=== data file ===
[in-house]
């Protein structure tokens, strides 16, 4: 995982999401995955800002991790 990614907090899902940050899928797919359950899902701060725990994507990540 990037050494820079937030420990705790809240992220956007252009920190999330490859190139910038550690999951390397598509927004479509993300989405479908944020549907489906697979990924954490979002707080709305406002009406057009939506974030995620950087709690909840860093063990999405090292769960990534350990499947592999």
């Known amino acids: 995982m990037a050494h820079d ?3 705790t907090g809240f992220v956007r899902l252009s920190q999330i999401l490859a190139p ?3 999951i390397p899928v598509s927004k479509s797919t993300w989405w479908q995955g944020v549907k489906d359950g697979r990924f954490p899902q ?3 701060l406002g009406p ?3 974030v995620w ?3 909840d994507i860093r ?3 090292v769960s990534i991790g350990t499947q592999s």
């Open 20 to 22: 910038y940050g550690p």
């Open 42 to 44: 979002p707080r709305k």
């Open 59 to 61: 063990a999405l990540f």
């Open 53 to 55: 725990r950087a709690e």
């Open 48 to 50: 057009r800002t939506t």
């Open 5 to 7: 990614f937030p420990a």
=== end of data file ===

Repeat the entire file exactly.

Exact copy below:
[in-house]
């Protein structure tokens, strides 16, 4: 995982999401995955800002991790 990614907090899902940050899928797919359950899902701060725990994507990540 990037050494820079937030420990705790809240992220956007252009920190999330490859190139910038550690999951390397598509927004479509993300989405479908944020549907489906697979990924954490979002707080709305406002009406057009939506974030995620950087709690909840860093063990999405090292769960990534350990499947592999």
């Known amino acids: 995982m990037a050494h820079d ?3 705790t907090g809240f992220v956007r899902l252009s920190q999330i999401l490859a190139p ?3 999951i390397p899928v598509s927004k479509s797919t993300w989405w479908q995955g944020v549907k489906d359950g697979r990924f954490p899902q ?3 701060l406002g009406p ?3 974030v995620w ?3 909840d994507i860093r ?3 090292v769960s990534i991790g350990t499947q592999s």
């Open 20 to 22: 910038y940050g550690p």
């Open 42 to 44: 979002p707080r709305k």
């Open 59 to 61: 063990a999405l990540f």
């Open 53 to 55: 725990r950087a709690e």
């Open 48 to 50: 057009r800002t939506t």
């Open 5 to 7: 990614f937030p420990a």